Regional News

PCC’s new marketplace opens with over 40 shops

Laie, Hawaii – The Polynesian Cultural Center (PCC) officially marked the opening of the new Hukilau Marketplace with a public ceremony and celebration on Oahu’s North Shore last week.
Open six days a week, Monday through Saturday from 10:00 a.m. to 10:00 p.m. with free admission and parking, the Hukilau Marketplace encompasses 119,000 square feet of the PCC’s 42-acre campus and features more than 40 retail, dining and activity providers.

Family mourns double tragedy in Samoa

A 43-year-old mother of four from Togafu’afu’a and Nu’u, Celia Crichton Felise, is heartbroken.

First she lost her nine-year-old son, Felise Jr. due to a mysterious illness.

And just when they were about to bury him, her 66-year-old husband, Felise Sam Chong, died.

The tragic turn of events have left the mother bitter, angry and lonely.

“He died before my son’s burial,” Celia told the Samoa Observer yesterday about her late husband.

“When my son died, my husband was never the same. I saw how he changed; he was basically on the verge of a meltdown."

China's failure to provide loan details in Pacific highlighted


China's failure to provide clear details of its aid to the Pacific region was raised as a matter of concern at a summit today.

Also criticised was the reluctance or inability of Pacific island governments to release information on its loans, bilateral projects and grants from Beijing.

Lowy Institute researcher, Dr Philippa Brant, told the summit at the National University of Samoa that mapping Chinese aid in the region was a difficult task.

Next week she will launch an internet-based tool which will show the complexity of China’s aid to the Pacific.

Pacific no longer anybody's 'back yard'

The Cook Islands finance minister, Mark Brown, says the Pacific is no longer anybody's 'backyard'.
Mark Brown is in Samoa as a keynote speaker at a forum on China's presence in the region, to discuss the region's first tripartite agreement - the China, New Zealand, Cook Islands water infrastructure project.
The arrangement was initiated by the Cook Islands whereby China agreed to partner with a third party, instead of the usual case of going directly to a donor country.

PM claims there's racism in citizenship investment debate

Prime Minister, Tuilaepa Sa’ilele Malielegaoi, has again accused the leader of the Opposition of being racist. “That is not love,” he said to Palusalue, “that is what you call racist.”

Tuilaepa made the allegation in Parliament on Friday, during the third day of the second reading of the Citizenship Investment Bill 2014. The Bill proposes to allow foreign investors with four million tala to spend in Samoa to become citizens.

When Palusalue cautioned about the ramifications of the bill in relation to Asians taking over all the local businesses, Tuilaepa became unhappy.

Pacific leaders to voice opinions on China’s regional role

source: Xinhua News Agency

Officials and academics from around the Pacific will gather in Samoa this coming week to give their views on China’s evolving relations with Pacific island nations.

Organized by the New Zealand Contemporary China Research Centre at Victoria University of Wellington, the National University of Samoa, and the Centre for Oceania Studies at Sun Yat-sen University in Guangzhou, the conference would be an opportunity to discuss changing geopolitics in the Pacific region, said the head of the New Zealand center.


1Mil in grants available through OIA’s Coral Reef Initiative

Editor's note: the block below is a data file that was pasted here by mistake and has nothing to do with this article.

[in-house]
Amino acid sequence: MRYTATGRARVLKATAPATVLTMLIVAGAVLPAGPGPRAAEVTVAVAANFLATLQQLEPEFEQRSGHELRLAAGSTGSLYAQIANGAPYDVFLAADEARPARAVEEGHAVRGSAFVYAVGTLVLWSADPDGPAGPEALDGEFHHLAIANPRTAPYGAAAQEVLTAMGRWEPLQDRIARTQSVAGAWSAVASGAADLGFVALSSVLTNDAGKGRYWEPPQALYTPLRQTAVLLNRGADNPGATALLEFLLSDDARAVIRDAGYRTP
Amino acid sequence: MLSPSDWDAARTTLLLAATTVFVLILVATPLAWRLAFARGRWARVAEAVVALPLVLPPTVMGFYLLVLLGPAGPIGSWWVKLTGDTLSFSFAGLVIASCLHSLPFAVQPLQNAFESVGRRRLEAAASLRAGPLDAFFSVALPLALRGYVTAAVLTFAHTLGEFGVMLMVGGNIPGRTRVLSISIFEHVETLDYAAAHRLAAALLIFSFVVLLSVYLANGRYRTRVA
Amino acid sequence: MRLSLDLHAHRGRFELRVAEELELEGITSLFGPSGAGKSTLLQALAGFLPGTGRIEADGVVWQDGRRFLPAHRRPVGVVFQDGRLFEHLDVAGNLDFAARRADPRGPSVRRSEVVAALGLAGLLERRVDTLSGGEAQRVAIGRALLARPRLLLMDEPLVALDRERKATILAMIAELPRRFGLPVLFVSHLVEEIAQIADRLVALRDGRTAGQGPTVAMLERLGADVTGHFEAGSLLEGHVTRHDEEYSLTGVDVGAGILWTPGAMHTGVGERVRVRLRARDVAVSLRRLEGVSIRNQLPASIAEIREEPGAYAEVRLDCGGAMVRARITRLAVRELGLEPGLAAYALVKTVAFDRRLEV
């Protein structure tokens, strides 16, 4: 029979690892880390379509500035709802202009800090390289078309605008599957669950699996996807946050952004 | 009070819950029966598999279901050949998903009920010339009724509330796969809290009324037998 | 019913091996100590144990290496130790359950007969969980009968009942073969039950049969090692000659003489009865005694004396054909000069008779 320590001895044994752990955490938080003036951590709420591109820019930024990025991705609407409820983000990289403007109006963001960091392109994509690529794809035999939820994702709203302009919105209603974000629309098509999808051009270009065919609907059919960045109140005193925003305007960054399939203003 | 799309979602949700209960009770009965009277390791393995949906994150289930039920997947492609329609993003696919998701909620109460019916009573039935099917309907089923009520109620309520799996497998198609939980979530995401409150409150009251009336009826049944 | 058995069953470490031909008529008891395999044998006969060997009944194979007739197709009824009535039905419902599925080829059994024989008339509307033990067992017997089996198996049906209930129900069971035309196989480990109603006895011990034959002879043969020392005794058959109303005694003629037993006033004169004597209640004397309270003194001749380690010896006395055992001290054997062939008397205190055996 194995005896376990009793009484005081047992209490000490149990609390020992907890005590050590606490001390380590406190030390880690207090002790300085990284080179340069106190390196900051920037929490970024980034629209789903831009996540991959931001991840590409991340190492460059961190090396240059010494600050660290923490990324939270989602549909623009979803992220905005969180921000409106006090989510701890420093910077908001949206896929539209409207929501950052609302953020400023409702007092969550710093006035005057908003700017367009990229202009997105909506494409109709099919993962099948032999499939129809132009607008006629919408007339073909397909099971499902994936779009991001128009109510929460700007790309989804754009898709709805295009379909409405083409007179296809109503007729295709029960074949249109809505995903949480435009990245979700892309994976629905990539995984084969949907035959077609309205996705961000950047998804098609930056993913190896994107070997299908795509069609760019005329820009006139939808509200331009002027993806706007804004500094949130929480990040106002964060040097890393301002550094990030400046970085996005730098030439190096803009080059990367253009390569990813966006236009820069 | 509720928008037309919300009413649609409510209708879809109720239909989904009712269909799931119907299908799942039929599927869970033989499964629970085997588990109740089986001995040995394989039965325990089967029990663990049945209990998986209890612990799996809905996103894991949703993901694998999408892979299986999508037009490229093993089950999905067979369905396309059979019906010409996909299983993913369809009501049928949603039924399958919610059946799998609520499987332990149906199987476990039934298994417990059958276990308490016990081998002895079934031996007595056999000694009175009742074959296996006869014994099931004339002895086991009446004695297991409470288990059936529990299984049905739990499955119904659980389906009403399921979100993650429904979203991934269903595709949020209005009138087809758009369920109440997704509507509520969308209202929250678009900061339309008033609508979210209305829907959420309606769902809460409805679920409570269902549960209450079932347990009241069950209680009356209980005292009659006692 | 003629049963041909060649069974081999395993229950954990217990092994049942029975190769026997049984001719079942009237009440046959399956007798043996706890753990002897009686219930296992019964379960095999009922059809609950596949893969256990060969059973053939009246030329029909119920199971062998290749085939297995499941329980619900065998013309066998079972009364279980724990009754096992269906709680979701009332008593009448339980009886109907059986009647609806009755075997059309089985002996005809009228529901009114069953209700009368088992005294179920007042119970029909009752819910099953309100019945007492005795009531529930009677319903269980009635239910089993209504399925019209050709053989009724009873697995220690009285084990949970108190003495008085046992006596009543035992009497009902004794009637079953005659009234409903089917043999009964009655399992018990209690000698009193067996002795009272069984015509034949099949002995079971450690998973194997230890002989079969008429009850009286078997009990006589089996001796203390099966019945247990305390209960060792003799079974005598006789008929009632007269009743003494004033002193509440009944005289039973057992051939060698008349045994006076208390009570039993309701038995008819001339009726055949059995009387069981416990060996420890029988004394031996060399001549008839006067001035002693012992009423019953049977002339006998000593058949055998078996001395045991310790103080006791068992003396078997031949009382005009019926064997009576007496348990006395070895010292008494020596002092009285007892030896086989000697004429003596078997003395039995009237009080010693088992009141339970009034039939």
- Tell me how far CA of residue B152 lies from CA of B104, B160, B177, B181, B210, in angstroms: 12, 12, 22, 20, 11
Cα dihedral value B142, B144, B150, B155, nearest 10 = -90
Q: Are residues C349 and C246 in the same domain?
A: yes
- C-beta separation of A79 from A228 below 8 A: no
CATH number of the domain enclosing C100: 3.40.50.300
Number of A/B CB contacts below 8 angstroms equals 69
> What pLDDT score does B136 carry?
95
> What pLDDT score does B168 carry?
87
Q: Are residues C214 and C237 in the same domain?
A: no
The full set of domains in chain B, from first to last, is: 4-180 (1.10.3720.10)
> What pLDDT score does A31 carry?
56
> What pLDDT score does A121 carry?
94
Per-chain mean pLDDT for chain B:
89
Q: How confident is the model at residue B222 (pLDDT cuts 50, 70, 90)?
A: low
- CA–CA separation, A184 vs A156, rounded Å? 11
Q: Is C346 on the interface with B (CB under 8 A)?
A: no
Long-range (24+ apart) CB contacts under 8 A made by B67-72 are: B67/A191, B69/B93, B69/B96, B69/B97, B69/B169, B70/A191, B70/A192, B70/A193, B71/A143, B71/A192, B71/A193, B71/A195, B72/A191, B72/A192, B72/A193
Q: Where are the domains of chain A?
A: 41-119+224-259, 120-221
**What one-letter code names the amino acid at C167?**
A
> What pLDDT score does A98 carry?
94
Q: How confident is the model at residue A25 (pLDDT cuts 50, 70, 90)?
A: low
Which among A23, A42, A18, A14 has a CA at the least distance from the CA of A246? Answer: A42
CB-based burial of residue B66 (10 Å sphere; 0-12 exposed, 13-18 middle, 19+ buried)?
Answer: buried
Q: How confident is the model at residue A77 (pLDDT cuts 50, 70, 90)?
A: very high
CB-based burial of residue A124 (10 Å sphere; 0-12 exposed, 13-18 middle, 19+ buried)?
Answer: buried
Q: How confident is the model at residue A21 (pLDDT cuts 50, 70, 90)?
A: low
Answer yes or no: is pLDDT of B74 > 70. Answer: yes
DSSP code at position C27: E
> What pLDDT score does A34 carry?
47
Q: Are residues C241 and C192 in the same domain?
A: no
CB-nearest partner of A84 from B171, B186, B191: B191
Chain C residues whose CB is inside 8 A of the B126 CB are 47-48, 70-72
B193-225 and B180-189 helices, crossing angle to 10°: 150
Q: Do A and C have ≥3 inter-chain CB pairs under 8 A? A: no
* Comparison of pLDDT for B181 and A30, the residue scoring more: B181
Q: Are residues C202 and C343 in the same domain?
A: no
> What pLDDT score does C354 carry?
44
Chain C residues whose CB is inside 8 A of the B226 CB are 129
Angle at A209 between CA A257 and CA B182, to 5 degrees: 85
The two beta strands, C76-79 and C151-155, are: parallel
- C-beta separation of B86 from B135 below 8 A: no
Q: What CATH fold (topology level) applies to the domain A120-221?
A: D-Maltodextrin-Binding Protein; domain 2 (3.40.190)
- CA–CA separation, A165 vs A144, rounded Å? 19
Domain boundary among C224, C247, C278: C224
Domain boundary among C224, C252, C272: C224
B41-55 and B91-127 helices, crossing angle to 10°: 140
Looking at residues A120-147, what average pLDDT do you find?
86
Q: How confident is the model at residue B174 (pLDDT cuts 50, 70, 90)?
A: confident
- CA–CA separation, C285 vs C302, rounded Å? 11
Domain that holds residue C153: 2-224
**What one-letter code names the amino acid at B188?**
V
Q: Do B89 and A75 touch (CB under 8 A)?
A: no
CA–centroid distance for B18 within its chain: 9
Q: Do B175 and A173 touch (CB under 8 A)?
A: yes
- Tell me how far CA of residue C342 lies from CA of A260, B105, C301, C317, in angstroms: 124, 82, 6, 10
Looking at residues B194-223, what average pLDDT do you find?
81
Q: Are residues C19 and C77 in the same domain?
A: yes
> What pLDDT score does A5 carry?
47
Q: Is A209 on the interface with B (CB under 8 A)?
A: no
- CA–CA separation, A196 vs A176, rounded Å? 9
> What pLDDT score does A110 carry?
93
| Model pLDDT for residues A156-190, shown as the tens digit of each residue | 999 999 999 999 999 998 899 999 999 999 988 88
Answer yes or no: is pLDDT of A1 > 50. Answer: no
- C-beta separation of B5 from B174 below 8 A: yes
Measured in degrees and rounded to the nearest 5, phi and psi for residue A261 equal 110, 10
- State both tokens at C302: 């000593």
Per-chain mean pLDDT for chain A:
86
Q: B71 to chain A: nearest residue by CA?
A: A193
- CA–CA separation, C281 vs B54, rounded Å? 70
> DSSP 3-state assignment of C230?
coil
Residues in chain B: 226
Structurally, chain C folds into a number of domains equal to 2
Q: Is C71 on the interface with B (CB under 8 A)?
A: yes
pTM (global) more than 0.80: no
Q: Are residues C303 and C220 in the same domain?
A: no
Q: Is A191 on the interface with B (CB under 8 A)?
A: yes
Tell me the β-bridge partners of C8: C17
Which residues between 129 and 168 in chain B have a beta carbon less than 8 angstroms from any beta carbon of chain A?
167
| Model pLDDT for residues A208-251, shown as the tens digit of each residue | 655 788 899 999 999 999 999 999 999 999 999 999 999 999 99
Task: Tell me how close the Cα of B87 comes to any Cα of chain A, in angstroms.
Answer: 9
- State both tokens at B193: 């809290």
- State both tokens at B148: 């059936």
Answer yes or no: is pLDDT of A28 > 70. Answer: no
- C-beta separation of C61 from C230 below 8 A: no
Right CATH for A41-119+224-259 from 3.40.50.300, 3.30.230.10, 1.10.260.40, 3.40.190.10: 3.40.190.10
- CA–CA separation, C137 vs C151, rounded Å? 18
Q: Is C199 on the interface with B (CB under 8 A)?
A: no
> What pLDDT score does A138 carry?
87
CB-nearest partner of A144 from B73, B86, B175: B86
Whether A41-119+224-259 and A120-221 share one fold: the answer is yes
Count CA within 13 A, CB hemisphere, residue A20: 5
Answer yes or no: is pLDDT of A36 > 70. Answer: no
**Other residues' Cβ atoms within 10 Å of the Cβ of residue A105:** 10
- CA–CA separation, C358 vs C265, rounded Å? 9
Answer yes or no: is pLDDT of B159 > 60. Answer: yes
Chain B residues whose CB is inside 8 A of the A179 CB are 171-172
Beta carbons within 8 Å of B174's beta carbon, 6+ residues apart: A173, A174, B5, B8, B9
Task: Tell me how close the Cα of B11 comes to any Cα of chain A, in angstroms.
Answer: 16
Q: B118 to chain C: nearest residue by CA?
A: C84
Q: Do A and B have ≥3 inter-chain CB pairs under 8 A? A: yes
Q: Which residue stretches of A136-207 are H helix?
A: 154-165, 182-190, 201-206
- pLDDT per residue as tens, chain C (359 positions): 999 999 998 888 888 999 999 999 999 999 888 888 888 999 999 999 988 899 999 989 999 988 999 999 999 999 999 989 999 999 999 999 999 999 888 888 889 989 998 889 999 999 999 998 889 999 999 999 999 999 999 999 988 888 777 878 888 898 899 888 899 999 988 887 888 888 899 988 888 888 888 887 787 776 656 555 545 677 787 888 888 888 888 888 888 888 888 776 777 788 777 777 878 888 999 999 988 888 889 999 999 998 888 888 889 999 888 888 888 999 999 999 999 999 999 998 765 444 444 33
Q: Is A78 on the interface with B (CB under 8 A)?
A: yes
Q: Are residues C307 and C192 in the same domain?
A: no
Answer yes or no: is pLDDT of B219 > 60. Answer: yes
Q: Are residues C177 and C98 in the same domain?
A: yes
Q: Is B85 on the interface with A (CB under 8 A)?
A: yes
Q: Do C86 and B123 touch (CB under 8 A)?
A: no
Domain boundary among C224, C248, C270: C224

Sources: OIA and NOAA

While NOAA scientists are warning that warm ocean temperatures set the stage for major coral bleaching, Assistant Secretary for Insular Areas Esther Kia’aina has announced the availability of one million dollars in grant funds to protect and improve the health of coral reef habitats in the U.S. insular areas.
The NOAA warnings follow severe bleaching in 2014, and come with the release of the most recent outlook from NOAA’s Coral Reef Watch that forecasts the potential for coral bleaching up to four months in the future.

Samoa MP Muagutu resigns

The Member of Parliament for Sagaga Le Usoga, Muagututagata Peter Ah Him, has resigned.

The Associate Minister of Trade announced his resignation in Parliament yesterday evening, just before the House passed the second reading of the Citizenship Investment Bill 2014.

“I stand with much respect to speak about a matter that no doubt everyone has heard about through radio stations, newspapers and the internet that concerns me and my family,” Muagututagata said. “I cannot sit and not act upon it as it affects my family, especially my beloved constituency.”

Texter gets suspended sentence in Samoa

A man who used his phone to send nasty text messages to his former girlfriend, was given a suspended sentence yesterday.

Faleatua Tatalatina was ordered to serve nine months under supervision from the Probation Office for one count of harassment utilising means of electronic communication.

That decision was delivered by His Honour Judge Vaepule Alo Vaemoa Vaai who presided over the matter.

The Police summary of facts stated on the night of 13 December 2014, the defendant used his phone to send a horrible message to the victim.

Samoa MP's voice concern over Citizen Investment bill

In yesterday’s session, several H.R,P.P. Members of Parliament voiced concerns about the Citizenship Investment Bill 2014; its weaknesses and the ramifications.

The Citizenship Bill 2014, created by the Ministry of Commerce, Industry and Labour is on its second reading.

It was tabled by Minister of M.C.I.L., Deputy Prime Minister Fonotoe Pierre Lauofo in January this year.

First to speak a f ter the parliamentary break was the Associate Minister of Health, Gatoloaifaana Amataga Alesana Gidlow. She told parliament that Samoa is the only country that she calls “my home, my identity.

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